Thanks hg, trish!
What's helped me is having conversation about my tendency to "take the ball and run w/ it", discussing it when i'm in a calm rational space mentally, so that w/ practice i've gotten better at not mentally jumping from shame to self-hate to resentment before someone's even said a word to me. Tell him "it never dawned on you" before! He might be assuming you know him inside and out. You know deep down you love each other, right? Use that, plus an appeal to his intellectual side, to emphasize a solid mutual realization of what's really going on. W/o even knowing about my CSA, my ex was very sweet about me always forgetting things, and was as patient as she could be about it. If you're able to talk about the issue w/ full awareness of what's really going on when you're both in a good space to talk, you can both treat these instances as being a bad mental habit related to CSA issues, rather than being evidence of of a fatal relationship flaw. With many things like this, once i realize what i'm doing, it's easier to "nip them in the bud"- You may have to be the one to percieve/realize the true dynamic first when it comes up, but instead of letting it press your buttons, remain as calm as possible and remind him he's filtering again, appeal to his adult side- the side that knows you're only human and trying to help. Don't get sucked into an emotionally frustrating cycle when he's like that, it's like trying to talk to a drunk person in a way. i often realize i reacted instinctively, rather than responding to something, a little later on afterwards, but then the frustration or upset of the other person has already occurred, and the same old "too late" feeling pops up, and i'm too ashamed to apologize and discuss it.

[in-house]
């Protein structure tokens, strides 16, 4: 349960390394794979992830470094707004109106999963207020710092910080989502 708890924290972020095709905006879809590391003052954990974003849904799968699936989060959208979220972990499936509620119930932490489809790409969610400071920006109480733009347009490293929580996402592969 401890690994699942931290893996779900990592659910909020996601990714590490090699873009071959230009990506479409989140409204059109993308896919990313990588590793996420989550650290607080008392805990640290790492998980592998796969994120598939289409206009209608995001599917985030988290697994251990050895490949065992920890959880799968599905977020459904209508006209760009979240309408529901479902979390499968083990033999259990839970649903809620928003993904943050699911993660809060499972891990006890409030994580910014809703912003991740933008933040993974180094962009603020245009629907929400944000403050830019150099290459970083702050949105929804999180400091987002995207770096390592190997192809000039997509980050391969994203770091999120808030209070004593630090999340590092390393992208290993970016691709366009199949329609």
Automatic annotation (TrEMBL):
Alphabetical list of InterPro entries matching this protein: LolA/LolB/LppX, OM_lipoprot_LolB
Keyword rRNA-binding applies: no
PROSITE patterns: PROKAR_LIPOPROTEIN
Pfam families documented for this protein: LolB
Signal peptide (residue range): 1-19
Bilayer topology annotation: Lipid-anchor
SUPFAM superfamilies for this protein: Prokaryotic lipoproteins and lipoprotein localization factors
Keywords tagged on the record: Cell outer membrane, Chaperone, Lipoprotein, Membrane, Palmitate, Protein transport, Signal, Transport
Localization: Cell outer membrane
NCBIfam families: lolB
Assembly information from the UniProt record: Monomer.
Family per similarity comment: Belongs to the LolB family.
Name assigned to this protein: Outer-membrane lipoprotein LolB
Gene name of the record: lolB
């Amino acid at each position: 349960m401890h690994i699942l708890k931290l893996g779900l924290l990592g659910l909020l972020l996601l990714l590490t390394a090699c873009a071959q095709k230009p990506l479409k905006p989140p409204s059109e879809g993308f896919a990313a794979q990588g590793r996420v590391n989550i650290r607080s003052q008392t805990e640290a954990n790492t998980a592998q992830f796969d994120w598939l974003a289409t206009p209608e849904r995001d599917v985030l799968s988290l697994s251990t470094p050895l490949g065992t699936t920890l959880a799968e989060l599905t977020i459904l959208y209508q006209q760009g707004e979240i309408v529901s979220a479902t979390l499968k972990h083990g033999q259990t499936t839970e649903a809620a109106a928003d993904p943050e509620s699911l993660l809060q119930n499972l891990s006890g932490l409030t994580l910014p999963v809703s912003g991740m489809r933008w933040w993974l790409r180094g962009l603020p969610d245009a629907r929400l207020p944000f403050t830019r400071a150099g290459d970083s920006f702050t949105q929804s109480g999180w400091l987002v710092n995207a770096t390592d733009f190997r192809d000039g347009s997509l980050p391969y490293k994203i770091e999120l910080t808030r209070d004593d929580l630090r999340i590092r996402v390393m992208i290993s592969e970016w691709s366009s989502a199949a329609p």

It's good that you've called him on it, that's healthy- you've got every right to your feelings too. But if you remember what's really going on, you can call him on it early, before your emotions color your response, and you can do it in a way that's a reminder to him that you can't have any real communication if he's "forgetting to breathe". Maybe an agreed-upon signal of some sort, a phrase or whatever, to indicate "i feel like you're filtering or projecting instead of listening, i'm feeling defensive, let's not hurt each other by accident anymore" will help him "catch himself in the act", and prevent it from spiralling. It's the whole idea of "mindfulness" in action- and make sure you keep your statements focused on how YOU feel, don't create an opportunity for him to resent you for "presuming to read his mind", if you do end up arguing. But so many arguments are about miscommunication, not opposing intent. Baby steps... just knowing i tend to "jump too far ahead" has made it easier to monitor my thought processes, and stop old thinking/perception habits before they do more needless damage, but of course the path from awareness to practice is not instantaneous, or w/o bumps; but it's still getting there, and i'm much more self-aware in a healthy way now, than before when i was unable to "step outside of my own head" at all. just my 2 cents, hope it helps...